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It’s time to raise our voices about global warming

In this picture taken Thursday, April 3, 2014, giant machines dig for brown coal at the open-cast mining Garzweiler in front of a smoking power plant near the city of Grevenbroich in western Germany. The United Nations Intergovernmental Panel on Climate Change (IPCC) issued a bleak assessment regarding the dire effects of global warming on our planet. The exhaustive report describes the devastating results of continued man-made global warming: rising sea levels destroying low-lying population centers; warmer oceans killing critical coral reefs; higher carbon dioxide levels threatening multiple species – including humans.
In this picture taken Thursday, April 3, 2014, giant machines dig for brown coal at the open-cast mining Garzweiler in front of a smoking power plant near the city of Grevenbroich in western Germany. The United Nations Intergovernmental Panel on Climate Change (IPCC) issued a bleak assessment regarding the dire effects of global warming on our planet. The exhaustive report describes the devastating results of continued man-made global warming: rising sea levels destroying low-lying population centers; warmer oceans killing critical coral reefs; higher carbon dioxide levels threatening multiple species – including humans. Associated Press file

It should be the banner headline on every morning newspaper, but it won’t be. It should be the lead story on every newscast, but it won’t be. It should be the cover story on every magazine, but it won’t be. It should be discussed in every coffee shop and around every dinner table, but it won’t be. It should be the only item on every congressional calendar, but it won’t be. It’s the most important story of our lifetime.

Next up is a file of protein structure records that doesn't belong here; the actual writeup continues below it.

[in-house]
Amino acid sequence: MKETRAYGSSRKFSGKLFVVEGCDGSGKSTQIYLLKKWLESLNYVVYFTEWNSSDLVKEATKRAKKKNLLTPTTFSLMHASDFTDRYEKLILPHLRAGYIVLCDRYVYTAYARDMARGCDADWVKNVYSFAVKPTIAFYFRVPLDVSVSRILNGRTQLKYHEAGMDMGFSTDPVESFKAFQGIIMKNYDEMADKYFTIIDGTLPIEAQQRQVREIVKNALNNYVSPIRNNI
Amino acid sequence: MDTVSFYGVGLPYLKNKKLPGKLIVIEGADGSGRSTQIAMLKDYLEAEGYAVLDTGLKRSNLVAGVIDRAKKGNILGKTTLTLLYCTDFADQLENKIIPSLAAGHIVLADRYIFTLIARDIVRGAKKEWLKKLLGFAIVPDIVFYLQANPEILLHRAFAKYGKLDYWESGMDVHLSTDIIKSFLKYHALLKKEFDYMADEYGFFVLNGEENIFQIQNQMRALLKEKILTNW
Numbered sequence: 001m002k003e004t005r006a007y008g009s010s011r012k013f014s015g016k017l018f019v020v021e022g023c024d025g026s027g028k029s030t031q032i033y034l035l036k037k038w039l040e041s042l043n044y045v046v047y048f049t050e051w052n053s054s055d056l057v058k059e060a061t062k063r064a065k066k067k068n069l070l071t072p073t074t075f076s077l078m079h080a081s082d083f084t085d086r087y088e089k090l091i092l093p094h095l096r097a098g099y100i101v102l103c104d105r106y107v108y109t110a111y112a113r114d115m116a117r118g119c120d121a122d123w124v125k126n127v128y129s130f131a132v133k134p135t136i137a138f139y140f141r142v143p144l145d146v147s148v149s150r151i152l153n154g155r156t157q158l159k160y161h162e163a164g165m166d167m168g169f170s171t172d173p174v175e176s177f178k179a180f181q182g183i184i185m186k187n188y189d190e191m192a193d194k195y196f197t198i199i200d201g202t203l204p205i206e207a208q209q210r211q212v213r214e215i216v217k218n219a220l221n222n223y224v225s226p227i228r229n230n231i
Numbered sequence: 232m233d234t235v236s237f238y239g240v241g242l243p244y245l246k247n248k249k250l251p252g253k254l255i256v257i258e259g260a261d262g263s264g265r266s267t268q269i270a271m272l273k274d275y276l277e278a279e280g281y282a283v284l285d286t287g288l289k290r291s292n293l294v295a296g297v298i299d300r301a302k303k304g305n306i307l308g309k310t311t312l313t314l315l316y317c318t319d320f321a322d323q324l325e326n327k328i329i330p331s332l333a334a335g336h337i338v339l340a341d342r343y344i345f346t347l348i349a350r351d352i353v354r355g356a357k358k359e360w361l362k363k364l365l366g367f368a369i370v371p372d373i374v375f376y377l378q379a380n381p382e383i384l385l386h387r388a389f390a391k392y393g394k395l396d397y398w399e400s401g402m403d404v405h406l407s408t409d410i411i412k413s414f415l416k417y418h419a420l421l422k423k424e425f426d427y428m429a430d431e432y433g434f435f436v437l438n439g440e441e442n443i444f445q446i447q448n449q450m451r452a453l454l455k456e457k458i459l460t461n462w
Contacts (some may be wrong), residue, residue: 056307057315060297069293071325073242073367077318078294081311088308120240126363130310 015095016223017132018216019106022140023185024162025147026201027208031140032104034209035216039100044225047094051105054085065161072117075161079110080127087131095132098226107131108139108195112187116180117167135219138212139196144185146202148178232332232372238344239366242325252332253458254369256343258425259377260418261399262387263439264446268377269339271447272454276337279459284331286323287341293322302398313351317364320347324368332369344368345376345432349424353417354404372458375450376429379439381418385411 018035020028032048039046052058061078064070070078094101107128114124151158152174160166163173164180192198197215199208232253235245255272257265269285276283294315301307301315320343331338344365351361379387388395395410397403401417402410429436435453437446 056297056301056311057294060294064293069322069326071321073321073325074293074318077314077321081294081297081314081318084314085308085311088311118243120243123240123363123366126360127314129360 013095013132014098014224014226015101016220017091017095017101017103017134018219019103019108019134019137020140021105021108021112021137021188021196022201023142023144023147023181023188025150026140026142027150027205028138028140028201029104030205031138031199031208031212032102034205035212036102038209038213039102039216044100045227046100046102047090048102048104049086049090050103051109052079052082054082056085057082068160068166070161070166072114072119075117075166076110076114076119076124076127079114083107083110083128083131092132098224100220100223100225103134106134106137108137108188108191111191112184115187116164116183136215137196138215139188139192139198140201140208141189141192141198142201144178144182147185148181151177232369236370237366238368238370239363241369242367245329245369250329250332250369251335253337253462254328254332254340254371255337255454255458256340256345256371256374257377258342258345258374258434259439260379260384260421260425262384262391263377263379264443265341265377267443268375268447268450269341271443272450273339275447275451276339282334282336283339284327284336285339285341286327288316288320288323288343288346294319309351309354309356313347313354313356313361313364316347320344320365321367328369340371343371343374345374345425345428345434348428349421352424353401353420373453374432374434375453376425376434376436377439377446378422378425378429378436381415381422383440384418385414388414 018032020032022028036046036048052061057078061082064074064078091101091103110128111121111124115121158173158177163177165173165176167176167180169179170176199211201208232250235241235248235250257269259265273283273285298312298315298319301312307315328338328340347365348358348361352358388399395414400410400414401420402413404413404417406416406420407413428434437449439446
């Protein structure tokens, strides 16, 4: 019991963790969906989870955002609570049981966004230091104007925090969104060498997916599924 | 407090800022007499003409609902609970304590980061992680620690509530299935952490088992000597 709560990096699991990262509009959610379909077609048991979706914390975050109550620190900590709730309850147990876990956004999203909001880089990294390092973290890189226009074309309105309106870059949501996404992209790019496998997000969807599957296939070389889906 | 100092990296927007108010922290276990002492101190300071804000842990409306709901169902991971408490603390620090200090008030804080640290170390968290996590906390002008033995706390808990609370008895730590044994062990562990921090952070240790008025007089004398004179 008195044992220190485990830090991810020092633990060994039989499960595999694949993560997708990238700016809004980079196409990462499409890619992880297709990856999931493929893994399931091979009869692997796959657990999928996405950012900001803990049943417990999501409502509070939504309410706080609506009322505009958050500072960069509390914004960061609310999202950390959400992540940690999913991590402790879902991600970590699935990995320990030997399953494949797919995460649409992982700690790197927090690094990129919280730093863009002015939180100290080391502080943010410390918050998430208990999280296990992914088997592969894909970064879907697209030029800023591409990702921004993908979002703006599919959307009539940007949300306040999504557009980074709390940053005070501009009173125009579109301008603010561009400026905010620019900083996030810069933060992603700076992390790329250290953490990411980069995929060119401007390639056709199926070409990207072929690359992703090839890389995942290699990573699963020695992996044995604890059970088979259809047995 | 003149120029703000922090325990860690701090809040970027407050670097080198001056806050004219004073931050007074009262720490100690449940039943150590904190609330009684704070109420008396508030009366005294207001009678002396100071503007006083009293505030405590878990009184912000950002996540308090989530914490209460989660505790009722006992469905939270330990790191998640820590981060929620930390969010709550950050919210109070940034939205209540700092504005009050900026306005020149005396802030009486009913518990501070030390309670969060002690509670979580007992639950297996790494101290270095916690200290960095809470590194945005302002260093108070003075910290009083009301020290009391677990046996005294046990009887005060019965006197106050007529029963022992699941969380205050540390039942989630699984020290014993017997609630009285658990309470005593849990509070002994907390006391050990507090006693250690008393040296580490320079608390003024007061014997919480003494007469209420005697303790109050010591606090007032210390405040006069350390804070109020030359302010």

CB PHOTO
Charles Bednar

The United Nations Intergovernmental Panel on Climate Change (IPCC) issued a bleak assessment regarding the dire effects of global warming on our planet. The exhaustive report (www.ipcc.ch/report/sr15) describes the devastating results of continued man-made global warming: rising sea levels destroying low-lying population centers; warmer oceans killing critical coral reefs; higher carbon dioxide levels threatening multiple species – including humans.

This is not a problem we can kick down the road. IPCC scientists warn we only have until 2030 to slow rising temperatures, or the planet will reach a critical point beyond which nothing we do will help. Stated simply, we have 12 years to save the planet, or it dies.

Ninety-seven percent of climate scientists agree global warming is real, man-made and catastrophic. NASA published a report in 2017 detailing the urgency of our climate situation (climate.nasa.gov/scientific-consensus). Yet in the face of overwhelming evidence, the party in power steadfastly refuses to acknowledge those facts. Science deniers like Trump and Tom McClintock use condescending rationalizations to trivialize global warming, glibly asserting, “The earth has been warming and cooling for 14 million years.” They steadfastly disregard the inexorable rise in temperature since the start of the Industrial Revolution.

Every country on the planet except Syria and Nicaragua signed the Paris Accords, agreeing to take affirmative steps to reduce warming. As part of his obsession with reversing President Obama’s accomplishments, Trump announced he will withdraw from of the Accords. Trump now grudgingly admits global warming is real, but will not accept scientific proof that it’s man-made or catastrophic.

The world has never faced a greater threat. No less than the fate of the planet is at stake. Because they are addicted to donations from energy companies, our elected officials will not act until they are bombarded by outraged constituents demanding action. We owe it to our grandchildren to leave them a habitable place to live. Read the reports. Get mad. Get involved. Save the planet.

Charles Bednar of Oakhurst is secretary-treasurer of the Oakhurst Democratic Club.

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